Skip to main content

Posts about gratitude (old posts, page 5)

A Eulogy for Nana


Abby lost her grandmother this week.
This is her eulogy to her.

She was Aunty Matty to other people, mummy to her children and countless other fond names to who knew her.

But she was my Nana.

I have memories of her cradling me, and taking care of me as a baby.
Vacations at Nana’s were the highlight of my childhood years.
She was a tireless, hard working woman who raised her large family to the best of her abilities.
And not just her family, but also (to me it seemed) the whole neighbourhood.
She was loved and appreciated, just by about everyone whose life she touched.

As the years flew by, Nana seemed very out of place.
In our fast paced, always connected, no time for any one age, Nana was a slow, deliberate, thoughtful, kind, gentle and gracious woman, like someone from a different, more altruistic age.

And it was here in her shadow years, while i was grew up and was beginning to work and could make my own trips to see her, that i really began to see her for the strong willed, tireless, hard working that she was, beyond just my nana who cossetted me and made me nice things.

And after all these years, the only theme i see that has rung true throughout Nana’s life was, Nana was there.

  • when i was a young bawling baby, Nana was there.
  • throughout my growing up years, Nana was there.
  • to cook me what my heart desired, Nana was there.
  • for everyone in her life, Nana was there.
  • to crack jokes and lighten up any room, Nana was there.
  • to empathise and have a compassionate ear to whatever was ailing you, Nana was there.
  • to gently, yet firmly correct you, Nana was there.
  • to remember you on your birthdays and anniversaries, Nana was there.
  • to worry about you and pick you up when you were down, Nana was there.

Since the day before, when Nana left us, I feel distraught and left alone, that Nana wasn’t there.
And yet, as i read this little note, i realise that this is not quite true.
Like the Little Prince tells the author,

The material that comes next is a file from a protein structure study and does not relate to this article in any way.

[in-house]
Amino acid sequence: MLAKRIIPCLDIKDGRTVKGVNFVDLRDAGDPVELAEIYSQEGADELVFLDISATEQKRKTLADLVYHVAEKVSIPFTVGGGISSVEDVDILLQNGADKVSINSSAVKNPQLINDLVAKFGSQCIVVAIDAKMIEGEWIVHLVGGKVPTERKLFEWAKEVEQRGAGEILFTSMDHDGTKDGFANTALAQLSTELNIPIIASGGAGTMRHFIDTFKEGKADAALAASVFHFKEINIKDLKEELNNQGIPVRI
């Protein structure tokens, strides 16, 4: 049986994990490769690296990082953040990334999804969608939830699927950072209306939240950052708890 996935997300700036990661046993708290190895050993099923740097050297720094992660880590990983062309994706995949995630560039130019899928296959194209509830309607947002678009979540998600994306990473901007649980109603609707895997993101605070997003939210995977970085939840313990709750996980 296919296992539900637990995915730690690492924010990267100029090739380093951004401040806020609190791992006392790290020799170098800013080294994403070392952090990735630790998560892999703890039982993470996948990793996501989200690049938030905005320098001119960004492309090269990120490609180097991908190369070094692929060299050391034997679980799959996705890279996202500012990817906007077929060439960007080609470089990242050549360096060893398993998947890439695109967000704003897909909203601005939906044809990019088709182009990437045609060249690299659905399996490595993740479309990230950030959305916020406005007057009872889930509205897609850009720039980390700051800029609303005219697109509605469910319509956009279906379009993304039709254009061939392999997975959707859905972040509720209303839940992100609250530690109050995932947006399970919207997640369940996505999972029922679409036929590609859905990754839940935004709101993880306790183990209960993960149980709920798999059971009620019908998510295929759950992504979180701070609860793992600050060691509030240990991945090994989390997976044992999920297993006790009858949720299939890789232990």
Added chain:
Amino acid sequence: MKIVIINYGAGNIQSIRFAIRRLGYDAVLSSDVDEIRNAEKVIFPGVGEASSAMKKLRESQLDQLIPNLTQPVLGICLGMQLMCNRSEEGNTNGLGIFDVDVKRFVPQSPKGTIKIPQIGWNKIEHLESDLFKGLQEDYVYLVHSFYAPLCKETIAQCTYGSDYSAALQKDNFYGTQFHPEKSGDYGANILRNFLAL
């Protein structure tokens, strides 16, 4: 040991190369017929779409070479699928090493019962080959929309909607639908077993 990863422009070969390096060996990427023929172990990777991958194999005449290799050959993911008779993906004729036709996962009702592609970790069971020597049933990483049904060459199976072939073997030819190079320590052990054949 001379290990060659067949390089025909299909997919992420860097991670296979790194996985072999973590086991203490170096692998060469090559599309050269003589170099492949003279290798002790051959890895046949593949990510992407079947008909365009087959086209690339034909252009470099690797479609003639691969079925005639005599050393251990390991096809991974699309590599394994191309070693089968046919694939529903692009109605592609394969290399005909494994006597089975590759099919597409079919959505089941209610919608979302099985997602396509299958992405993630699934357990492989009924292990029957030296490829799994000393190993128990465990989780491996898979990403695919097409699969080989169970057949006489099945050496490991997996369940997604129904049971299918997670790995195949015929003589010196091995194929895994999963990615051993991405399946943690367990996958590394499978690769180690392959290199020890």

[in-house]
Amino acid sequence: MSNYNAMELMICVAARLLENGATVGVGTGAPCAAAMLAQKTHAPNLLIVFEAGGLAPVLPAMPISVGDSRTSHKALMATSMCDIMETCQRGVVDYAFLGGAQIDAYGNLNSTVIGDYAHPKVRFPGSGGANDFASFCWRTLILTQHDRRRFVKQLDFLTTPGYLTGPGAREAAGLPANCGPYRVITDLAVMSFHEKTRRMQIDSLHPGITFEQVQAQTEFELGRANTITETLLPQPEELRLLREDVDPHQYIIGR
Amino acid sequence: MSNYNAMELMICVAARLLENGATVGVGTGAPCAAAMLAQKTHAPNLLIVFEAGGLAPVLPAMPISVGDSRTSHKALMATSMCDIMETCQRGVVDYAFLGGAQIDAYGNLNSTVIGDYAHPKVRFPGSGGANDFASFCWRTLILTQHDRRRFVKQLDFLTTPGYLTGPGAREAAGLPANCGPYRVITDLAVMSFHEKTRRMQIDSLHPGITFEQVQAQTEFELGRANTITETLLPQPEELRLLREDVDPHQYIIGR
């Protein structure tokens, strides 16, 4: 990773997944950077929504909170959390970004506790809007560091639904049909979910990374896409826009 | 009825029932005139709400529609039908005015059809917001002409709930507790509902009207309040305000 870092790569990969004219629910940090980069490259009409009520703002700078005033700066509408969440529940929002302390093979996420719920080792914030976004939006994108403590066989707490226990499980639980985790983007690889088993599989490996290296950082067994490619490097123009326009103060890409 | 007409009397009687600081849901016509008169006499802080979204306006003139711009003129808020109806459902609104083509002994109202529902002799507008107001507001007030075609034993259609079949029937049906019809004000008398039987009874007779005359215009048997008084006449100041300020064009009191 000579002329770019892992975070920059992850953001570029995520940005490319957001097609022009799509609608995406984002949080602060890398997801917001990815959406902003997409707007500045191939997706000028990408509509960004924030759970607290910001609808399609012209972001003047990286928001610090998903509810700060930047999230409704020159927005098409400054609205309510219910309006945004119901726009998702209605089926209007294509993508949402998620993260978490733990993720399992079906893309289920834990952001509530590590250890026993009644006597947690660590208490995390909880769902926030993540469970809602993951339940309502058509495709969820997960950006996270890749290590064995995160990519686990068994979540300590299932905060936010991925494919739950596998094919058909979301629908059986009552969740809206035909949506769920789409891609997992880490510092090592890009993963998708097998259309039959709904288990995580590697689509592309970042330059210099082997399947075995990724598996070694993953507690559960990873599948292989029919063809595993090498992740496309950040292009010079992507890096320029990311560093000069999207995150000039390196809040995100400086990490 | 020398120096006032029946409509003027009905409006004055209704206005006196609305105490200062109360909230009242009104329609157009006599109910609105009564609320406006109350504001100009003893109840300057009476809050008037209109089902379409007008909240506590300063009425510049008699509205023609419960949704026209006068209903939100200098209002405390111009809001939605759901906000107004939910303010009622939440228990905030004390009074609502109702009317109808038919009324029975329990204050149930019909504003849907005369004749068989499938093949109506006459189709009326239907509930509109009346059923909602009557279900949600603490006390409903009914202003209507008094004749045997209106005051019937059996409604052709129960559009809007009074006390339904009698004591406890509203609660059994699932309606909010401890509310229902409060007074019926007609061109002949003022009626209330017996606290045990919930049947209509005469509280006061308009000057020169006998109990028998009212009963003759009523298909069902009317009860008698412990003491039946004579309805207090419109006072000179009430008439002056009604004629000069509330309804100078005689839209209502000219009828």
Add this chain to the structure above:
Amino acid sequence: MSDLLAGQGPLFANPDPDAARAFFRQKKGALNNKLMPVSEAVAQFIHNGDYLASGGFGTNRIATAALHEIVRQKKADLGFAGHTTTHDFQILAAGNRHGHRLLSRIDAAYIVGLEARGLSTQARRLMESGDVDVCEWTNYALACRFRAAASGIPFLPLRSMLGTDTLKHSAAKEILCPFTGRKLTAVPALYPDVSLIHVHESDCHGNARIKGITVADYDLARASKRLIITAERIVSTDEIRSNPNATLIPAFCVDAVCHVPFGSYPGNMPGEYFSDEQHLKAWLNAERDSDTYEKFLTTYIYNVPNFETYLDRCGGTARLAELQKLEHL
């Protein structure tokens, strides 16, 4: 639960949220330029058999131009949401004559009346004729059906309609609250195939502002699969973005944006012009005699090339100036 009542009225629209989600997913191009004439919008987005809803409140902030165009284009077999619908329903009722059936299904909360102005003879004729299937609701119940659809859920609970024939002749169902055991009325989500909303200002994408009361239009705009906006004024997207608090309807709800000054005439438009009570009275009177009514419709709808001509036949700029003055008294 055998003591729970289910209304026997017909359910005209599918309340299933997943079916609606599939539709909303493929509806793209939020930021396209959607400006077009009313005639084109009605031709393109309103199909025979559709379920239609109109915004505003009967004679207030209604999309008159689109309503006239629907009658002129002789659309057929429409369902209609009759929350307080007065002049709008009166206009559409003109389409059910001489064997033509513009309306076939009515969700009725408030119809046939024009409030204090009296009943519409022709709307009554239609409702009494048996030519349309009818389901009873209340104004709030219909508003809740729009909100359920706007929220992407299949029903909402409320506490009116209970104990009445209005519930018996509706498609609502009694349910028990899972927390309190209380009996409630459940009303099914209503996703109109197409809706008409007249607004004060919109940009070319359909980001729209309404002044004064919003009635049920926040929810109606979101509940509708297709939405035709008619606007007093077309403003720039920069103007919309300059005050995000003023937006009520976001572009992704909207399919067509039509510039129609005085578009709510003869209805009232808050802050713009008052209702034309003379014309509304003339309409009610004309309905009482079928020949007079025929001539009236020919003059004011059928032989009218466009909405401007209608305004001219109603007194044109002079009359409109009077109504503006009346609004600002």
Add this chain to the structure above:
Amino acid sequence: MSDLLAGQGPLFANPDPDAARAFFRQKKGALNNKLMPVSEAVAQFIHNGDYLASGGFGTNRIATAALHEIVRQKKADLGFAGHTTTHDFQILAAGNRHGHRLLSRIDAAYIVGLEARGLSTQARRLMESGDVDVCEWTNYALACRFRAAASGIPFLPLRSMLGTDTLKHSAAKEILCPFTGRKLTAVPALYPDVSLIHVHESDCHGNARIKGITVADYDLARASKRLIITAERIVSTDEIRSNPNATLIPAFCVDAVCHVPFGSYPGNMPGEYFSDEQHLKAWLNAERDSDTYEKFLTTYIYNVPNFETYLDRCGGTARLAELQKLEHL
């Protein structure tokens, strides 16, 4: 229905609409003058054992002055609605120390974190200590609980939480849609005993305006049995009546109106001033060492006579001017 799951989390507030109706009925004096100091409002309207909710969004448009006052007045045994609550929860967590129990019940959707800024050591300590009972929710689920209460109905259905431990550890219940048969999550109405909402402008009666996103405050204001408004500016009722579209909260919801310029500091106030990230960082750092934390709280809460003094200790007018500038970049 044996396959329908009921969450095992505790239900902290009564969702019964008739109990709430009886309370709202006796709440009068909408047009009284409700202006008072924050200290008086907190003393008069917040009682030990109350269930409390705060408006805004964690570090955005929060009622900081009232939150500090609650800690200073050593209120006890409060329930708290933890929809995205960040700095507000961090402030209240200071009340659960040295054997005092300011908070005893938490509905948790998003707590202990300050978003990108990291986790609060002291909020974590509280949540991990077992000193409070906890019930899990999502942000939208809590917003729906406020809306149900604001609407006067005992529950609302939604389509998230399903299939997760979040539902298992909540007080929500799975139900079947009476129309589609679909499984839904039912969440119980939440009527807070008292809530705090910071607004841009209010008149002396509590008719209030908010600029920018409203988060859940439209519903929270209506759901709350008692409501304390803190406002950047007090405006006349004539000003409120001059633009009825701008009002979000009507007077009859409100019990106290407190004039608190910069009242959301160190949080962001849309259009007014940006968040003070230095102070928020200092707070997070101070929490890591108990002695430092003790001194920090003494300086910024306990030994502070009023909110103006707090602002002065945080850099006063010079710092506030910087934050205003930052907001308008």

I cannot carry this body with me. It is too heavy.
But it will be like an old abandoned shell.
There is nothing sad about old shells …

Nana was in pain, and she moved on beyond her body to her rest.
But that does not mean, she isn’t there anymore.
I will always carry Nana with me.
We all do.
Nana is here.


Happy Women’s Day!

Like I wrote at the other place,

I’ve been hugged and kissed and kicked,
and taught and influenced and befriended
and loved by so many of you!

I would not be me, if it weren’t for you!

It’s only grown truer with time.
Even more love and gratitude!


Thank you, Kushal!

Began reading The Warren Buffett Shareholder today.
This is from the preface.

Many contributors to this book remark upon Buffetts’s distinctive teaching style, which tends to instruct people how to think rather than what to think.

And

John Bogle has attended one Meeting, but attests that even one can change your world.

A couple of pages later

Our premise was that Berkshire’s intrinsic value owes a lot to the Meeting and the shareholder community.
Buffett wrote in his 2014 letter …

… This culture grows stronger every year, and it will remain intact long after Charlie and I have left the scene.

Berkshire Hathaway has created a culture of intelligence, inquisitivness, integrity and learning. This culture is part of the “company” in both the corporate meaning of that word and in its sense as a society of people coming together (com) to break bread (pan).

Replace Warren with Kushal, Berkshire with the DGPLUG IRC channel and the shareholder meeting with the Summer Training.
And, nothing changes.

Amidst all the shouting and the craziness, that is the channel generally, it all goes up a hundredfold when the training happens.
Tempers flare. The kids are unruly. Mayhem ensues.

Yet, it all settles down soon enough.
Folks learn earnestly.
Wisdom is shared.
Bonds are made. Friendships built.
Across time and space.

And the Atlas who holds this little world on his shoulders is Kushal.
It is he, who literally, wrote the book on what we learn.
It is he, who pays for and maintains much of the infrastructure we need.
It is he, who conducts quite a few of the topics we learn.
It is he, who bribes, and cajoles old mages to come share their wisdom, with callow, inexperienced youth.
And it is he, who keeps this little corner of the world, warm and cozy and friendly, year after year after year.

The number of folks who owe their careers to him are many.
And the folks who have their lives changed by the training, many more still.
I don’t remember if I ever said this to him, but he has given more to humanity in ten years, what others haven’t in their entire lives.
And somewhere in the middle of the chapter, I found what succintly summarises the way I feel about the Summer Training.

And amid their decades of lessons, they get to the core message of all shareholders at the Berkshire Annual Meeting: if you’ve never been, go; if you always go, keep going.

And for everything you do, thank you Kushal!